Is Respect Earned or Given?

Perhaps I’m just a curmudgeonly old guy now, but it seems to me that people are just not as respectful as they used to be. Much of our culture believes that you do not have any obligation to respect someone unless or until they respect you first. It is a twisted vision of biblical respect. First Peter 2:17 says, “Show proper respect to everyone.” It doesn’t say show proper respect if and only if they respect you in the way you think you deserve to be respected. It says to respect everyone because everyone was created in the image of God.

Maybe I’m the only one outraged and deeply disturbed by this downward shift in our cultural value system. But it does seem that young people are less respectful than my generation was. They seem to have a perverted concept of what constitutes respect. Many young men today believe they should be respected before they will offer respect. The fallacy in this philosophy is that true respect is earned, not bestowed. When I was young, I would not have even considered being disrespectful to an adult, especially one in a position of authority. Additionally, if I had gotten in trouble in school, I would have suffered not only disciplinary actions from the school, but I would have been punished twice as bad when I got home. I can tell you from talking to and working with teachers, coaches, police officers, and parents that our children are for the most part very disrespectful toward any kind of authority.

This disrespect for authority (parents, teachers, police, etc.) creates a lack of integrity because they have no accountability in their lives. Young men without accountability have no need to be dependable, honest, or trustworthy in their words or actions. Why should they? No one else seems to care.

Teaching boys proper manners is a good start to teaching them to respect themselves and others.  Manners and politeness are really just showing respect for other people, even those you do not know.   Teach your son the dictionary definition of respect, than look for opportunities help him be respectful in a variety of settings.  Most of all, remember that a son best learns respect by observing his father show respect.  And a son whose father respects him is more likely to want to respect his father.  Boys who’s mothers respect them learn to respect all women.

Question:  In what ways are you being intentional about being respectful to your son?

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  • Justin Darty

    I really enjoyed reading this post and I agree with your frustration. I was always raised to show respect to others not because I had good male role models, but my mother was a professional and she taught me. I almost feel like one of those guys that always says, “My mama said…” I’m not sure where my parent’s generation went wrong with raising their children to be respectful, but my generation is a new breed of strong personalities with bad morals. I am obviously part of the disrespectful generation that you speak of. I am a 24-year-old male with a wife and two-year-old son.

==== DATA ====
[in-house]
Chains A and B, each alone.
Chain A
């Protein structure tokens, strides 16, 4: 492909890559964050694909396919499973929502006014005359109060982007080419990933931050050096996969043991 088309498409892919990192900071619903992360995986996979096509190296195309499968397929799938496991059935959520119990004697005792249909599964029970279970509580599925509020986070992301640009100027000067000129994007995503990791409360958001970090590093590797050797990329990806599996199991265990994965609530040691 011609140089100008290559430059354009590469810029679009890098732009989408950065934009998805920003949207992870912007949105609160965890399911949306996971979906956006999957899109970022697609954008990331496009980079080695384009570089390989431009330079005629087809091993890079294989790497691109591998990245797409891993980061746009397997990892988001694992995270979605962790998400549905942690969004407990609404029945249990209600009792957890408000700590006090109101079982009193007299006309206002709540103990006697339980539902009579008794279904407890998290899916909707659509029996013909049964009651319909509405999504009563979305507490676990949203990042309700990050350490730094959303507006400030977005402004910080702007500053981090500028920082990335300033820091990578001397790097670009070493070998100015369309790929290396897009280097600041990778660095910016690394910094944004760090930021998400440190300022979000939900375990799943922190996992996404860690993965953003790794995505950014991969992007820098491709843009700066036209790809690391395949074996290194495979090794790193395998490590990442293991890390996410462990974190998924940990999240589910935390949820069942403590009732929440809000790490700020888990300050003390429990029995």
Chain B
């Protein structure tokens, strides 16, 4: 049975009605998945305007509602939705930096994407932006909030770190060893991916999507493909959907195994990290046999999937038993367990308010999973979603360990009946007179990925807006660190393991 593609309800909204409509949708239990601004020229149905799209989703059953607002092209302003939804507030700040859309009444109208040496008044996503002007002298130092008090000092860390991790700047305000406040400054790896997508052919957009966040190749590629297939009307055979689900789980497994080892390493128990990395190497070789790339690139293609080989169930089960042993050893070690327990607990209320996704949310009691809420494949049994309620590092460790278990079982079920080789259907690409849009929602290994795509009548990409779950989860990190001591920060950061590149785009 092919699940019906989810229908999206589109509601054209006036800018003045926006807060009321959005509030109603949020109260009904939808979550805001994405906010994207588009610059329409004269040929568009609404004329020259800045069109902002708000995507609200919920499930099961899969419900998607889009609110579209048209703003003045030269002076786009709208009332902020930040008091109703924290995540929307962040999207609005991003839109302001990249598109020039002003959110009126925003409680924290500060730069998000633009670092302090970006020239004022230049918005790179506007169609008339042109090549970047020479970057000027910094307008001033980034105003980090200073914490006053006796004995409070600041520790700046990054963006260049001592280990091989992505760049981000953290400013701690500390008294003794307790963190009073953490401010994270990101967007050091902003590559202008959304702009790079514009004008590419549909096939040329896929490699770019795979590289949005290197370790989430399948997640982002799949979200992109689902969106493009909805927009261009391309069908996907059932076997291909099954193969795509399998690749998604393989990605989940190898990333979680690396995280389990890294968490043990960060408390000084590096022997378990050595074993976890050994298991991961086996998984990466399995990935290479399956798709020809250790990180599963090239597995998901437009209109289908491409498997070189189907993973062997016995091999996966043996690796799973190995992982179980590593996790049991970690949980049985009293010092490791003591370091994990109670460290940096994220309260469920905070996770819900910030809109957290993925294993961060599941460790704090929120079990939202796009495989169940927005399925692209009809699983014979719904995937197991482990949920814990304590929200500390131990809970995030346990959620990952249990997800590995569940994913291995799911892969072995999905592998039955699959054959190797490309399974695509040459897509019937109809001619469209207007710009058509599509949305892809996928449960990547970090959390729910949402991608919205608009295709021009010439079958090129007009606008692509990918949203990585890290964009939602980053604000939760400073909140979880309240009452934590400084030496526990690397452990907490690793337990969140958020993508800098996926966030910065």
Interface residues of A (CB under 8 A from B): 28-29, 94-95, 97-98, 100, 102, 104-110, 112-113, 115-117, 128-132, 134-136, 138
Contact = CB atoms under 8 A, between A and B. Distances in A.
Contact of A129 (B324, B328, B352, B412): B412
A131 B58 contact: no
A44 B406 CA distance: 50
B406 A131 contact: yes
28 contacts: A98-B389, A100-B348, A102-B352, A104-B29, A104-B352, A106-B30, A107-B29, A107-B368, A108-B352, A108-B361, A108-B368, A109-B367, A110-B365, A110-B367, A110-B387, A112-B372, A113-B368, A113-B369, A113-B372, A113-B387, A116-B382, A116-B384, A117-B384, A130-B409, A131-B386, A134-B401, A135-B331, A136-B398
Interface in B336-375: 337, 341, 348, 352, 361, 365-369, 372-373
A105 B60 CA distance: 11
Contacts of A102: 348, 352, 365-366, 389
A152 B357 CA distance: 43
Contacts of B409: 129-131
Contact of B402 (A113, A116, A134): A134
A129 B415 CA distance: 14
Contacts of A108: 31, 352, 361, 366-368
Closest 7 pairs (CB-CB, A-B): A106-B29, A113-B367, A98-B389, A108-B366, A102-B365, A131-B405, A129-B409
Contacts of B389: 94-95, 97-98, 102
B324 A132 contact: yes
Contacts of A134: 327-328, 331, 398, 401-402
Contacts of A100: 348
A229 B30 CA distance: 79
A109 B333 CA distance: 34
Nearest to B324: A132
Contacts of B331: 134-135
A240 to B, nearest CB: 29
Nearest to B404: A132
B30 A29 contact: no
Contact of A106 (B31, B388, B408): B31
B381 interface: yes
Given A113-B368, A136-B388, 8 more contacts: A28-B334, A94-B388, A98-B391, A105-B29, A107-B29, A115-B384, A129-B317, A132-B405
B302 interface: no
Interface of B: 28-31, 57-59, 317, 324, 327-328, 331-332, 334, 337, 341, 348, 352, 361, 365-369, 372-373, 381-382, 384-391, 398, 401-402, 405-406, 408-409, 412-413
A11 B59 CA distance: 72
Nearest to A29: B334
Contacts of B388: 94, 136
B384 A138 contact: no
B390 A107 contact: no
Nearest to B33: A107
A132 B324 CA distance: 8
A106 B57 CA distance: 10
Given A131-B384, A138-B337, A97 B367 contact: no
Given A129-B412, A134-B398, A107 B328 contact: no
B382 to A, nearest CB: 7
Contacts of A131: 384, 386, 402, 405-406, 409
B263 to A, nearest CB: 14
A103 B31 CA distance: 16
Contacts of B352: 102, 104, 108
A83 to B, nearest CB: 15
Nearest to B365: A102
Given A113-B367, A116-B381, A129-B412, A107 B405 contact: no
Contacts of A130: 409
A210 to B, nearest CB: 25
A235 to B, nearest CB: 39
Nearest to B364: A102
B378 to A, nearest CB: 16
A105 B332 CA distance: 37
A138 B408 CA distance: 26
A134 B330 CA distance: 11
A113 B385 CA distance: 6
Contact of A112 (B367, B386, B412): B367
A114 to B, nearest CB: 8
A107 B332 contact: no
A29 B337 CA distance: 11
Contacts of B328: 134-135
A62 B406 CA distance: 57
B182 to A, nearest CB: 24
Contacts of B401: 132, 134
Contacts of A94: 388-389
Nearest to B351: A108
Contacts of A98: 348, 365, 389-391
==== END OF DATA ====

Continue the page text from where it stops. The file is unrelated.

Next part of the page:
Choosing friends from a world full of people with similar values is extremely difficult which is why it is so important to get involved in the church. The church body should have people with similar morals considering we all live for God. We are much like those that we surround ourselves with. It is important that we surround ourselves with people that are respectful.

    Growing up my mother always had a difficult time with letting me go places with friends mainly because the quality of individuals that I was surrounded by was sub par. I really feel like I had a good head on my shoulders and I always saw how awful my generation treated their parents and other figures of authority. I am very lucky to have not gotten caught up in their mess. Fortunately, I was able to get away from the crowd when I enlisted in the Marine Corps. I had blended in very well to begin with. All of the new Marines were very respectful mainly because we were all too nervous to get in to any kind of trouble. After getting more comfortable I saw my peers lose some of their respect for their leadership. This is where we were set apart. Unfortunately for them, their enlistment was not as smooth as mine.

    I now have an almost three year-old son which puts me in a new category, a parent. My wife and I like to get him involved with playing with other kids because interaction is very important while they develop mentally. Every single parent that I work with that I consider to be friends have an unbiblical way of raising their children. If there is no tag on an item then it is okay to steal it. Foul language is used regardless of who is around. Worst of all, while at family functions for work they encourage their children to be aggressive with the others so that they will always get what they want. There is no gentleman or lady lifestyle anymore. There are too many untamed people terrorizing others, which is extremely influential to a young crowd.

    Now there is a solution to this and you nailed it when you said, “Most of all, remember that a son best learns respect by observing his father show respect.” It is natural for us men to see a problem and immediately try and come up with a solution. We want to fix the problem now. Dave Ramsey calls us a “microwave society” because we have to have everything right now. The most difficult part of fixing this problem is knowing that it is not going to be a quick fix. It will be training our children so that they will positively influence those around them. We need to be working for the future of our children rather than trying to make a change for right now. We can use the bible as a guide because it will never steer us in a wrong direction.